WINDSOR — Proposals to allow restaurants and other licensed establishments to serve alcohol could help bring a farm-to-table restaurant and farmers market to town and allow Windsor Fair attendees to have a beer on the fairgrounds, residents at a public hearing on the proposals were told by advocates for proposed rule changes Saturday.

They would also allow something that is already taking place in local stores, the sale of beer and wine on Sundays, to continue.

Three proposals to ease restrictions on the sale of alcoholic beverages in businesses in town were discussed at a public hearing Saturday. Each of the proposals go to residents in secret ballot votes at the polls June 11.

Town rules currently don’t allow restaurants or other businesses in Windsor to sell alcoholic beverages for consumption on their premises. Two proposals discussed Saturday would allow restaurants or other licensed establishments, including vendors at the annual Windsor Fair, to sell liquor to be consumed by customers on-site. One of the proposals would allow it to be sold every day of the week other than Sundays, while the other also would allow liquor sales on Sundays.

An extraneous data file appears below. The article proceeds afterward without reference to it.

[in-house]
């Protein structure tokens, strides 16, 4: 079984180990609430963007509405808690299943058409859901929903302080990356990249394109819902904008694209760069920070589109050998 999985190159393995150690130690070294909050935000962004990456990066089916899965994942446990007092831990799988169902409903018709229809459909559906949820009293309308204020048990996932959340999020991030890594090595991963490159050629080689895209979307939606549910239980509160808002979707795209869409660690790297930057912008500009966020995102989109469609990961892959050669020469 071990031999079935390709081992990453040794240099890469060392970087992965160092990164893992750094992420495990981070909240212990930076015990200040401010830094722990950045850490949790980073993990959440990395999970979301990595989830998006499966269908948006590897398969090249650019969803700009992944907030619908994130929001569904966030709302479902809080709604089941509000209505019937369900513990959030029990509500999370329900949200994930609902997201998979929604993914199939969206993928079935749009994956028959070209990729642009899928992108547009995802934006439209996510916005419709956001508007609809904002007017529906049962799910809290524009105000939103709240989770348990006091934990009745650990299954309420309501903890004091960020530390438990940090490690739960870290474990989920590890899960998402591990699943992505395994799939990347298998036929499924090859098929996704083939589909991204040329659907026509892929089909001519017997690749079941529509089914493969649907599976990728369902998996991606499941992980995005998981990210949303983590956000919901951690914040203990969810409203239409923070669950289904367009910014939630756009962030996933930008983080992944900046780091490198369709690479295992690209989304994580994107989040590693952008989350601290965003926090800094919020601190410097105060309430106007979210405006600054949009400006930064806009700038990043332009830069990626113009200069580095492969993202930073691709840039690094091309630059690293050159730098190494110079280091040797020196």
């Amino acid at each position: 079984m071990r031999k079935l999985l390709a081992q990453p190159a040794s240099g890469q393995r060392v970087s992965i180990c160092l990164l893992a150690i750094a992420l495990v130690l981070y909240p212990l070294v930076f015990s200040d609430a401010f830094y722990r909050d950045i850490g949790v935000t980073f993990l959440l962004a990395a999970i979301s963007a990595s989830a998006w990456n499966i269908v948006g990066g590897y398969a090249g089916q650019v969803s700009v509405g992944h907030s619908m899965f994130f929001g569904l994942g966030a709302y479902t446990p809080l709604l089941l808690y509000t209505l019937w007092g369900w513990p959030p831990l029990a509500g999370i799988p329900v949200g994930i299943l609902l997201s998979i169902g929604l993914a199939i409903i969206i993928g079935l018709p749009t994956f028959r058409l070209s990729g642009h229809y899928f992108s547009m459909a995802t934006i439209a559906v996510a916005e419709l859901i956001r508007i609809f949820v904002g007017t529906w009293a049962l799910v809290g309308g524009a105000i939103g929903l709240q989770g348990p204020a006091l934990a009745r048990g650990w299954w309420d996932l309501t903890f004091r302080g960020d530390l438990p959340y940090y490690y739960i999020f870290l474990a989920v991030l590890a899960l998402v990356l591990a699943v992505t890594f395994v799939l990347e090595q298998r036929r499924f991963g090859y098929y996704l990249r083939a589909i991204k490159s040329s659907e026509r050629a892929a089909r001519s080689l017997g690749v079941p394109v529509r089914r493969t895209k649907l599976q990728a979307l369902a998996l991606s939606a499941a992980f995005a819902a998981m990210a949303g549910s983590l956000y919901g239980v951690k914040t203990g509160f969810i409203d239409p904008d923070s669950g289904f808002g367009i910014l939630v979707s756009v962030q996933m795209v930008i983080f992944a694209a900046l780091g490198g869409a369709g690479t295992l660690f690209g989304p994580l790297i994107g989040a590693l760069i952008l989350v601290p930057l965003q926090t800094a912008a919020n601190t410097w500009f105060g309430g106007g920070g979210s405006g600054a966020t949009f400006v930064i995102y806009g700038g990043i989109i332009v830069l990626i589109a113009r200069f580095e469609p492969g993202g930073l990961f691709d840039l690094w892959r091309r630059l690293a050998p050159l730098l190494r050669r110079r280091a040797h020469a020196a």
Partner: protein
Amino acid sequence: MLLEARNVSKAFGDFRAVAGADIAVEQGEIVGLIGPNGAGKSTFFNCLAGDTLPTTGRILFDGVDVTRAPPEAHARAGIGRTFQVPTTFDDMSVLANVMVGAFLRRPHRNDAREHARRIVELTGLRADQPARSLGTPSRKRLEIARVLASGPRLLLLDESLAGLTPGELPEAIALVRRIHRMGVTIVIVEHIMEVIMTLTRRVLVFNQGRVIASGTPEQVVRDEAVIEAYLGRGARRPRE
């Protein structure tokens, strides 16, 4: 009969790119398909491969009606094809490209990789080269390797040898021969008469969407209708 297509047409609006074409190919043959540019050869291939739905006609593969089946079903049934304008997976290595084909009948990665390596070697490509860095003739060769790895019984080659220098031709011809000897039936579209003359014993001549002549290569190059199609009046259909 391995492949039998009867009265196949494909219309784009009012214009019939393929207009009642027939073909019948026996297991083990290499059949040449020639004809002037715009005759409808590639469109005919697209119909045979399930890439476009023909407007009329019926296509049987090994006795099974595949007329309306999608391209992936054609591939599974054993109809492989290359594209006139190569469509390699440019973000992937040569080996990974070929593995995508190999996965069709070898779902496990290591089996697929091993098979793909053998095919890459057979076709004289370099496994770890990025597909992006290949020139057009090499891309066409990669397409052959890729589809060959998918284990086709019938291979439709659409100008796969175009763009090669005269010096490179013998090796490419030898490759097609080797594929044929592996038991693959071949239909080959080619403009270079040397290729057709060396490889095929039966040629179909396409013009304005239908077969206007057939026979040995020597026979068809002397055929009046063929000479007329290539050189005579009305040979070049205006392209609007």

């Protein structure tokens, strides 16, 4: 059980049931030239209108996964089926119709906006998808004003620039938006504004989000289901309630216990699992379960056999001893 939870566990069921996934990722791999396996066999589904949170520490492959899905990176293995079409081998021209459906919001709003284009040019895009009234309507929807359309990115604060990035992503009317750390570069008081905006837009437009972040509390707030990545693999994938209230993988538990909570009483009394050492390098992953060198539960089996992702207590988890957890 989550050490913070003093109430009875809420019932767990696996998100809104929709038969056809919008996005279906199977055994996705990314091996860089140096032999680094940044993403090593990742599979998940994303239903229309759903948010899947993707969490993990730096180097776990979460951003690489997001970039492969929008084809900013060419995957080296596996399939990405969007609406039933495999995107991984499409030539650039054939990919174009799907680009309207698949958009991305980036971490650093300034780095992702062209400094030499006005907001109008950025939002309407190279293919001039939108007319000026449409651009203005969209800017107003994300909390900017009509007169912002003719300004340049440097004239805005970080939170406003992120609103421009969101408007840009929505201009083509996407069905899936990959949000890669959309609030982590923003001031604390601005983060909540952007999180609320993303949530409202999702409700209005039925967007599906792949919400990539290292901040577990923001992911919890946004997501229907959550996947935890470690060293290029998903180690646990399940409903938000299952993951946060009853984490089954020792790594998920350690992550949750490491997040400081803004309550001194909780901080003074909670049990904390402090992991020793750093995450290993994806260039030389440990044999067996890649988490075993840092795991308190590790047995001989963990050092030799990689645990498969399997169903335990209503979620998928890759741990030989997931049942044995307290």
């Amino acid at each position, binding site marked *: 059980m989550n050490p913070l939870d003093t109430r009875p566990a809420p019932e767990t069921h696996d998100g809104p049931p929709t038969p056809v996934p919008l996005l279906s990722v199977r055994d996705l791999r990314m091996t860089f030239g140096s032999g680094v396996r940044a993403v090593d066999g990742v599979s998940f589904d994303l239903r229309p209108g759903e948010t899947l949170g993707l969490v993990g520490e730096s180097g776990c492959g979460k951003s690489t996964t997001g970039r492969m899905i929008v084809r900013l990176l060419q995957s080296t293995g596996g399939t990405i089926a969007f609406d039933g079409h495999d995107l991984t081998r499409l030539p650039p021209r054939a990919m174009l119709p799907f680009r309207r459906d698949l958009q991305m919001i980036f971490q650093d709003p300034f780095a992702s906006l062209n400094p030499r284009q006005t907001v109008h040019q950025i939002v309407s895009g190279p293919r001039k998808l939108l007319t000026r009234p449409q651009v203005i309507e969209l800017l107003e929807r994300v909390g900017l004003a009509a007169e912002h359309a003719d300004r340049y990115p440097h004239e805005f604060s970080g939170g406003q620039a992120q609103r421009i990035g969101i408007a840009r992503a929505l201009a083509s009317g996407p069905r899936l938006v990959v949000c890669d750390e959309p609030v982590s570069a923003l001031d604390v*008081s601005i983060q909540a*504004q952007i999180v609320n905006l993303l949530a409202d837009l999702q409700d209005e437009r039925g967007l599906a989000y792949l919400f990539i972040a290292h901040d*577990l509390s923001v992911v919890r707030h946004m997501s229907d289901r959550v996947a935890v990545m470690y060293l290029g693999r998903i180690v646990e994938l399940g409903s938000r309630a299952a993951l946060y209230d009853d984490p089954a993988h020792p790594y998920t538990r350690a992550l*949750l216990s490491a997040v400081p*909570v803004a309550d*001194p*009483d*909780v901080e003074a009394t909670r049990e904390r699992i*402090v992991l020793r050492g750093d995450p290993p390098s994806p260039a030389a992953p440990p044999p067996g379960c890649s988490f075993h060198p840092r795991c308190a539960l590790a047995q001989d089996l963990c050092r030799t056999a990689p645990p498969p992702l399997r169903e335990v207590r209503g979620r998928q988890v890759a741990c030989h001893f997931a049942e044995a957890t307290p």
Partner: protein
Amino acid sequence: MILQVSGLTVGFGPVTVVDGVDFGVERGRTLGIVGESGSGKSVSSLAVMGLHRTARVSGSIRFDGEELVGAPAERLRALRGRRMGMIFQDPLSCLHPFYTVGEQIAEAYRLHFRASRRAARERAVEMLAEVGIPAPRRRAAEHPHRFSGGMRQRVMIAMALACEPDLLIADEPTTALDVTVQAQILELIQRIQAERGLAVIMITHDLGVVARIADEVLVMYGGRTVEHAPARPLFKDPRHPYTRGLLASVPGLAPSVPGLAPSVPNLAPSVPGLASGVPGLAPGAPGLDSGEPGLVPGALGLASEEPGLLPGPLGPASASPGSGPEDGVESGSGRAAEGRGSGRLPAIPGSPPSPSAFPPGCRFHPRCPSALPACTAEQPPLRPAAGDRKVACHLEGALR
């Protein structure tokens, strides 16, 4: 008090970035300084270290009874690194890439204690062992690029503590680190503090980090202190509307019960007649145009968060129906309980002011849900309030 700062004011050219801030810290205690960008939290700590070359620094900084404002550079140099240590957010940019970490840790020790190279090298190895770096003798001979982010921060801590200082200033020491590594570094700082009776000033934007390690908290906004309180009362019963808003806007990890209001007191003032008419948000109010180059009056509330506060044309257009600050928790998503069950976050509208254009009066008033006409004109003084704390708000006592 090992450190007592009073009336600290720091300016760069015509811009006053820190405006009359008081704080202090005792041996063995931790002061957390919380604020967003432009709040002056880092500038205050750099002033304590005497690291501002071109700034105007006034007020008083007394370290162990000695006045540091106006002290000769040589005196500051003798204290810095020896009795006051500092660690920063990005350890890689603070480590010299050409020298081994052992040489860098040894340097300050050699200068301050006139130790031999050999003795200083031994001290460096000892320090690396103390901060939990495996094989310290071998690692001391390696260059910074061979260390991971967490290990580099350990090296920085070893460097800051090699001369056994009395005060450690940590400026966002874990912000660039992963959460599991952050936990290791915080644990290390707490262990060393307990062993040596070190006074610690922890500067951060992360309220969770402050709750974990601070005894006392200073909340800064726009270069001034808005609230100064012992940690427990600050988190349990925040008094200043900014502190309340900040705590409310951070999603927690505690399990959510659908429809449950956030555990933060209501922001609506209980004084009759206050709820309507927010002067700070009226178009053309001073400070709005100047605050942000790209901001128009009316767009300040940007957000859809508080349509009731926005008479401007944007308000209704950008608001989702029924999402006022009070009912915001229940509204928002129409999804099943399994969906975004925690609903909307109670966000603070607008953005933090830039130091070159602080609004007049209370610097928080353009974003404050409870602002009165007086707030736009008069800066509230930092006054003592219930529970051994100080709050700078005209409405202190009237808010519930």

The ban on on-premises alcohol has also prevented the Windsor Fair from allowing a vendor to provide a tent where beer and wine could be served, which Bill McFarland, vice president of the fair, said all eight of Maine’s other fairs that offer betting on horse races offer their fairgoers.

Tom Foster, longtime president of the Windsor Fair, said over the last several years fair officials have been approached by micro-breweries and other vendors, some of whom use Maine-grown grains and other agricultural items in making their beverages, to be able to display and sell their beverages at the fair. They’ve had to turn them away. He said other fairs that allow alcohol consumption, in areas only accessible to those 21 years and older, have done so without problems or misconduct by fairgoers.

“They’d like to be able to come to the fair and display their wares, which they’ve been unable to do because of the rules of Windsor,” Foster said of vendors. “From our standpoint, it’s another thing for people to see and do at the Windsor Fair.”